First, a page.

The 4-core A8-3820 is AMD's first A8 processor that doesn't feature simultaneous multi-threading, so it only schedules 4 threads at a time, like Core i5-3437U. Still, when it's up against Intel's 2 cores, the A8-3820 boasts a notable resource advantage.

AMD arms A8-3820 with a 2.5 GHz base frequency that jumps as high as 2.8 GHz under lightly-threaded tasks. The A8-3820 also offers a 2.5 GHz clock rate with all cores active. Meanwhile, Intel keeps its Core i5-3427U operating at a static 2.8 GHz clock rate.

Which GPU to Pick for AMD A8-3820

Below is a comparison of all graphics cards average FPS performance (using an average of 80+ games at ultra quality settings), combined with the AMD A8-3820.

Graphics Card Price Cost Per Frame Avg 1080p Avg 1440p Avg 4K
NVIDIA GeForce RTX 3090 24GB $ 1,499 $ 14.6 102.6 FPS
151.7 FPS
113 FPS
NVIDIA GeForce RTX 3080 10GB $ 699 $ 7.8 89.4 FPS
132.2 FPS
98.5 FPS
NVIDIA GeForce RTX 3070 8GB $ 499 $ 7.3 68.4 FPS
101.2 FPS
75.3 FPS
NVIDIA TITAN RTX 24GB $ 2,499 $ 39.8 62.8 FPS
95.9 FPS
71.9 FPS
NVIDIA GeForce RTX 2080 Ti 11GB $ 1,299 $ 21.2 61.2 FPS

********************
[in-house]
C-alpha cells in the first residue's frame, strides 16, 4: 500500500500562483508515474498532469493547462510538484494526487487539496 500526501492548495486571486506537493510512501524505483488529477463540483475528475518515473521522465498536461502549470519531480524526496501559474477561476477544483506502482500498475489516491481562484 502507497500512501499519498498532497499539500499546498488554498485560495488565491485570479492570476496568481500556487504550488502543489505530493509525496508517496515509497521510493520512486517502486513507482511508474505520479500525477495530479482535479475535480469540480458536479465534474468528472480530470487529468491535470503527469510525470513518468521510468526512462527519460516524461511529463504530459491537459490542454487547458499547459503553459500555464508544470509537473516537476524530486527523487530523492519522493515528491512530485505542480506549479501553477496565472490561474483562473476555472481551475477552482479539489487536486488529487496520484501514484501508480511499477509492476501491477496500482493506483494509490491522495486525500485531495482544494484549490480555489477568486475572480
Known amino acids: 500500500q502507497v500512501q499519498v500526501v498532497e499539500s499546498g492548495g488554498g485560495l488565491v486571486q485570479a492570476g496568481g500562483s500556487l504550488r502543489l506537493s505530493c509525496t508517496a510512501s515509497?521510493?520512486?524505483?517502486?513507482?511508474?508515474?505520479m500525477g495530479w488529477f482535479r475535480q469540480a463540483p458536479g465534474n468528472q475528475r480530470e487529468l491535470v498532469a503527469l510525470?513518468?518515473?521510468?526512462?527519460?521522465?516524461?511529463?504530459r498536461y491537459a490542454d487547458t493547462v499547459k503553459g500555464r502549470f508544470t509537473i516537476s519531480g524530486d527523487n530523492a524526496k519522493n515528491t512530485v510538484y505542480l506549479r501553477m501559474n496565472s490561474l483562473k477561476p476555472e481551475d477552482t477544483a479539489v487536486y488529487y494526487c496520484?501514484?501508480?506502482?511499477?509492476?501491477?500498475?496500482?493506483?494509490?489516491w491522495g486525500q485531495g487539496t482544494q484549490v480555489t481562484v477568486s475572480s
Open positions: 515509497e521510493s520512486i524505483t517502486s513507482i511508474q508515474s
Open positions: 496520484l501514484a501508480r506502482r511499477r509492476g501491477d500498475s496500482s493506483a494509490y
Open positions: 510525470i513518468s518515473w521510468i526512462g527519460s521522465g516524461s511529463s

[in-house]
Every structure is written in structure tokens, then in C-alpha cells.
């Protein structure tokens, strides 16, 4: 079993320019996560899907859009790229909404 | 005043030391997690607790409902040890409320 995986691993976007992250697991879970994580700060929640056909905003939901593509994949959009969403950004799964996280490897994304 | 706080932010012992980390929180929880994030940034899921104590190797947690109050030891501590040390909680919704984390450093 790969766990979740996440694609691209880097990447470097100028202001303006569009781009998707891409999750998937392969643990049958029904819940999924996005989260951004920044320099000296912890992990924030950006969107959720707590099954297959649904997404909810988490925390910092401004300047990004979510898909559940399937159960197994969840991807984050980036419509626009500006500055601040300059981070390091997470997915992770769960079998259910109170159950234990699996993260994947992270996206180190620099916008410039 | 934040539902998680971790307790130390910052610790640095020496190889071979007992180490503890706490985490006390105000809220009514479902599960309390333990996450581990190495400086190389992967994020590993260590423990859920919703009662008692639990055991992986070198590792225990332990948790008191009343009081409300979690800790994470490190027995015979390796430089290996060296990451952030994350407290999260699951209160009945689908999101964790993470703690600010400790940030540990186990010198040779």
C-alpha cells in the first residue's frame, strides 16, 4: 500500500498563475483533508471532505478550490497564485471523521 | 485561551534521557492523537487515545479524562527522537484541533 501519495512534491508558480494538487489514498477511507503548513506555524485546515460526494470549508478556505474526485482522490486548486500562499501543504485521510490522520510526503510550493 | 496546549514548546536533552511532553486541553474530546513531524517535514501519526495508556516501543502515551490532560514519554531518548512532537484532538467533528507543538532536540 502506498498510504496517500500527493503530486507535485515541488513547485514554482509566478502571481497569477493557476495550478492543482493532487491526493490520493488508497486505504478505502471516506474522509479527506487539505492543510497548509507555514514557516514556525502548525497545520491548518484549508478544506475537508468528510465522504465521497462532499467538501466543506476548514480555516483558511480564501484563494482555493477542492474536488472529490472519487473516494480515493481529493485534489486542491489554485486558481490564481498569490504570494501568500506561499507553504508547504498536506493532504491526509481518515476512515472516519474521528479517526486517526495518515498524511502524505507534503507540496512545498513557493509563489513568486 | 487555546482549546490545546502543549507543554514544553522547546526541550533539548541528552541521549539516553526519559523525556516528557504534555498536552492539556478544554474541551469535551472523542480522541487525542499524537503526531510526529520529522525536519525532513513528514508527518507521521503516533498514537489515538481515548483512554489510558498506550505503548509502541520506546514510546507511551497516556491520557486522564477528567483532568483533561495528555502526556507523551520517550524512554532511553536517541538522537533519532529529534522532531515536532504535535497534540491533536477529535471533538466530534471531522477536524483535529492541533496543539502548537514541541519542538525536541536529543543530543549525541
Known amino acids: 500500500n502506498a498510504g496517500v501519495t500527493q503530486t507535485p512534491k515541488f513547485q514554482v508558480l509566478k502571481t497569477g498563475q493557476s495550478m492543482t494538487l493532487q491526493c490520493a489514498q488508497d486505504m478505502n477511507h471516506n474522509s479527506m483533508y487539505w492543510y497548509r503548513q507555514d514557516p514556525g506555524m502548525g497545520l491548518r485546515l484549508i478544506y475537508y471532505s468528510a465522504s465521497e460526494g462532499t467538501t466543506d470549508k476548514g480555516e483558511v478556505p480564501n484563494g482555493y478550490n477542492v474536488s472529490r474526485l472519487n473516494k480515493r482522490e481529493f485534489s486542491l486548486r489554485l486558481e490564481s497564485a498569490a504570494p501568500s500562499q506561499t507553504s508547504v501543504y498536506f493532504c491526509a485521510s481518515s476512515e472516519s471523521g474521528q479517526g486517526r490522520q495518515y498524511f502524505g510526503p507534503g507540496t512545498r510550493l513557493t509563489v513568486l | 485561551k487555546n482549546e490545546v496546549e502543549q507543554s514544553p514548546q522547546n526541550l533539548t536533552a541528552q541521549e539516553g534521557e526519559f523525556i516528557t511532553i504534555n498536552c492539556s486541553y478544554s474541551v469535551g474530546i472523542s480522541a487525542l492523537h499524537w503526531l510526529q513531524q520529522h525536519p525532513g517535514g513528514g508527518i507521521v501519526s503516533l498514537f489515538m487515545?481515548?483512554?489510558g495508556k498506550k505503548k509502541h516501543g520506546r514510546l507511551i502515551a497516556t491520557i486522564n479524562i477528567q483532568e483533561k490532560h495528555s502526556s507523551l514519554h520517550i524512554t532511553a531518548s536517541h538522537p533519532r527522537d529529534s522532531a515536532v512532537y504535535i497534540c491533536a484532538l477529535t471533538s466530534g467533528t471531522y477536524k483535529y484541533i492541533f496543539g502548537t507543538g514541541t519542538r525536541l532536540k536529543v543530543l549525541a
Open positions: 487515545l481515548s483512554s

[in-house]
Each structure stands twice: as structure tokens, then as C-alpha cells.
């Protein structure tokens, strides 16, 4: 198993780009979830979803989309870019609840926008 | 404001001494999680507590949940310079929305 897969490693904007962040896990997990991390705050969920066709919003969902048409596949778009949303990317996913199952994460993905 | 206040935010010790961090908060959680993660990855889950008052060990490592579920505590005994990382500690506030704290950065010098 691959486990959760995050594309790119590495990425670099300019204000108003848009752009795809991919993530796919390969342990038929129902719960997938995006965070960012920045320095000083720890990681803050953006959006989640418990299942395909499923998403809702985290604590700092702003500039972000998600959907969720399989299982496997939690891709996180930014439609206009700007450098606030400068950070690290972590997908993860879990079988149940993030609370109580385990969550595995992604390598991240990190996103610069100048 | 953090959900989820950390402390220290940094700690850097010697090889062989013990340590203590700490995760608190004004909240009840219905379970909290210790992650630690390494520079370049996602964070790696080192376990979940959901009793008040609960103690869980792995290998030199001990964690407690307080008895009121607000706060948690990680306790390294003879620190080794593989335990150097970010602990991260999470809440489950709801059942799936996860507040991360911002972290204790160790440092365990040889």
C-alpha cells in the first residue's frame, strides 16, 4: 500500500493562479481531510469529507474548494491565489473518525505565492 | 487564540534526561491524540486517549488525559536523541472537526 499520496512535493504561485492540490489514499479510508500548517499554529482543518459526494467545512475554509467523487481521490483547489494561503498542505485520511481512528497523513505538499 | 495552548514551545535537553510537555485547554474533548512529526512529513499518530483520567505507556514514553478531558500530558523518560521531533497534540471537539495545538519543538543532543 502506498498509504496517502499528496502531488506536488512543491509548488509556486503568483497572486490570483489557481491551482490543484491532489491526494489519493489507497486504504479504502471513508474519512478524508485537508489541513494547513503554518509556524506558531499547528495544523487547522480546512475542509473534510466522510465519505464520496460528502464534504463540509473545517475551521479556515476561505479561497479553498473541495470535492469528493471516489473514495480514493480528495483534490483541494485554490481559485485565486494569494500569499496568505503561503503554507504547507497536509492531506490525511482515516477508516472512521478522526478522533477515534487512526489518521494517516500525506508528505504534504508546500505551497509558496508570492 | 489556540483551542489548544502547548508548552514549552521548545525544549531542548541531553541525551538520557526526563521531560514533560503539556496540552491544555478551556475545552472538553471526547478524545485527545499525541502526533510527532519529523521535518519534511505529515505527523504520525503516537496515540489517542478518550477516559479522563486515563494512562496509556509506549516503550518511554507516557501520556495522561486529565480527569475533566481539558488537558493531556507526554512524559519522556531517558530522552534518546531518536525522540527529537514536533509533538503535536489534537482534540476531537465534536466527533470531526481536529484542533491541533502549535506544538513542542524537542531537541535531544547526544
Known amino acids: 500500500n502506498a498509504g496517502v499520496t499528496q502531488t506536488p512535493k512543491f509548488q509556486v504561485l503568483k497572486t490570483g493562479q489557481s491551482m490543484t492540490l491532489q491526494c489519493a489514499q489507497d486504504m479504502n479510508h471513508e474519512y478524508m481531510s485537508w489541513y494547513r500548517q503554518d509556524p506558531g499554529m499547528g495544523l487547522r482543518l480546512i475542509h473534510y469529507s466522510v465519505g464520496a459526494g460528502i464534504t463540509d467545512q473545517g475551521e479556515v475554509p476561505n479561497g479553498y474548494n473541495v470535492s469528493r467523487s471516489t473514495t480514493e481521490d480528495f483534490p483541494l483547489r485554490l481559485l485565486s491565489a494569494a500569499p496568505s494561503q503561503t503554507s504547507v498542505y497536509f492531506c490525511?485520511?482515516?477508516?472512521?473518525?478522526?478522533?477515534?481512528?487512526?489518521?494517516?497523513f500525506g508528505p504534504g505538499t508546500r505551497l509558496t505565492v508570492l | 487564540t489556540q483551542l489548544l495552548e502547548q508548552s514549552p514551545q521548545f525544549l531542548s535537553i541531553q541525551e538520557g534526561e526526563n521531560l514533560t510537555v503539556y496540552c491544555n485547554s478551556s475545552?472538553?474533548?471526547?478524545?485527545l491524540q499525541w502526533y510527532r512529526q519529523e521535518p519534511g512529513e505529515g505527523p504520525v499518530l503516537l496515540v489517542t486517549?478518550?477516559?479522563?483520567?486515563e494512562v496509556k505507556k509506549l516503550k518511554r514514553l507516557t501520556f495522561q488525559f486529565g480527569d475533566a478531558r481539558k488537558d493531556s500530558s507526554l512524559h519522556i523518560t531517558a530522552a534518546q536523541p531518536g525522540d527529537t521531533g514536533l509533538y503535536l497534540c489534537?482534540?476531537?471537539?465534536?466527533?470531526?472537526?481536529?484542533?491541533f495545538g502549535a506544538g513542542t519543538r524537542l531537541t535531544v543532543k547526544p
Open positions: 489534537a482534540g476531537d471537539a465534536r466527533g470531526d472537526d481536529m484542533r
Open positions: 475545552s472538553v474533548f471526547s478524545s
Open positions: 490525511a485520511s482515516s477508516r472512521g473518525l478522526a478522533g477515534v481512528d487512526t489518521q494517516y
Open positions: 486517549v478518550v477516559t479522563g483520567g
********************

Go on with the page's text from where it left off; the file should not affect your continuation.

93.4 FPS
70 FPS
NVIDIA GeForce RTX 2080 SUPER 8GB $ 699 $ 12.6 55.5 FPS
83.9 FPS
62.6 FPS
NVIDIA TITAN V 12GB $ 2,999 $ 56.4 53.2 FPS
81.2 FPS
62.1 FPS
NVIDIA GeForce RTX 2080 8GB $ 699 $ 13.3 52.5 FPS
78.5 FPS
58 FPS
NVIDIA GeForce GTX 1080 Ti 11GB $ 759 $ 15.4 49.2 FPS
74.9 FPS
55.8 FPS
NVIDIA GeForce RTX 2070 SUPER 8GB $ 499 $ 10.2 48.9 FPS
72.3 FPS
53.8 FPS
NVIDIA TITAN Xp 12GB $ 1,199 $ 24.9 48.2 FPS
72.3 FPS
55.1 FPS
AMD Radeon VII 16GB $ 699 $ 14.5 48.2 FPS
71.7 FPS
52.6 FPS
AMD Radeon RX 5700 XT 8GB $ 399 $ 8.5 47 FPS
69.8 FPS
51.1 FPS
NVIDIA GeForce RTX 2070 8GB $ 499 $ 10.8 46.3 FPS
67.5 FPS
50.9 FPS
NVIDIA GeForce RTX 2060 SUPER 8GB $ 400 $ 9.1 43.8 FPS
62.8 FPS
46.6 FPS
AMD Radeon RX 5700 8GB $ 349 $ 8.1 43 FPS
64 FPS
46.8 FPS
NVIDIA GeForce GTX 1080 8GB $ 499 $ 11.9 41.8 FPS
61.2 FPS
44.9 FPS
NVIDIA GeForce RTX 2060 6GB $ 350 $ 8.5 41.3 FPS
57.8 FPS
42 FPS
AMD Radeon RX 5600 XT 6GB $ 279 $ 6.9 40.6 FPS
59.9 FPS
43.7 FPS
AMD Radeon R9 295X2 4GB $ 1,499 $ 38.3 39.1 FPS
56.5 FPS
44.1 FPS
AMD Radeon RX Vega 64 8GB $ 499 $ 12.8 39 FPS
58.1 FPS
42.4 FPS
NVIDIA GeForce GTX 1070 Ti 8GB $ 409 $ 10.6 38.7 FPS
56.7 FPS
41.5 FPS
NVIDIA GeForce GTX TITAN X 12GB $ 999 $ 26.6 37.6 FPS
54.5 FPS
39.9 FPS
NVIDIA GeForce GTX 1660 Ti 6GB $ 279 $ 7.6 36.8 FPS
54 FPS
39.4 FPS
AMD Radeon RX Vega 56 8GB $ 399 $ 10.9 36.6 FPS
54.3 FPS
39.7 FPS
NVIDIA GeForce GTX 1070 8GB $ 399 $ 11.2 35.6 FPS
51.7 FPS
37.6 FPS
NVIDIA GeForce GTX 1660 SUPER 6GB $ 229 $ 6.6 34.7 FPS
50.9 FPS
37.3 FPS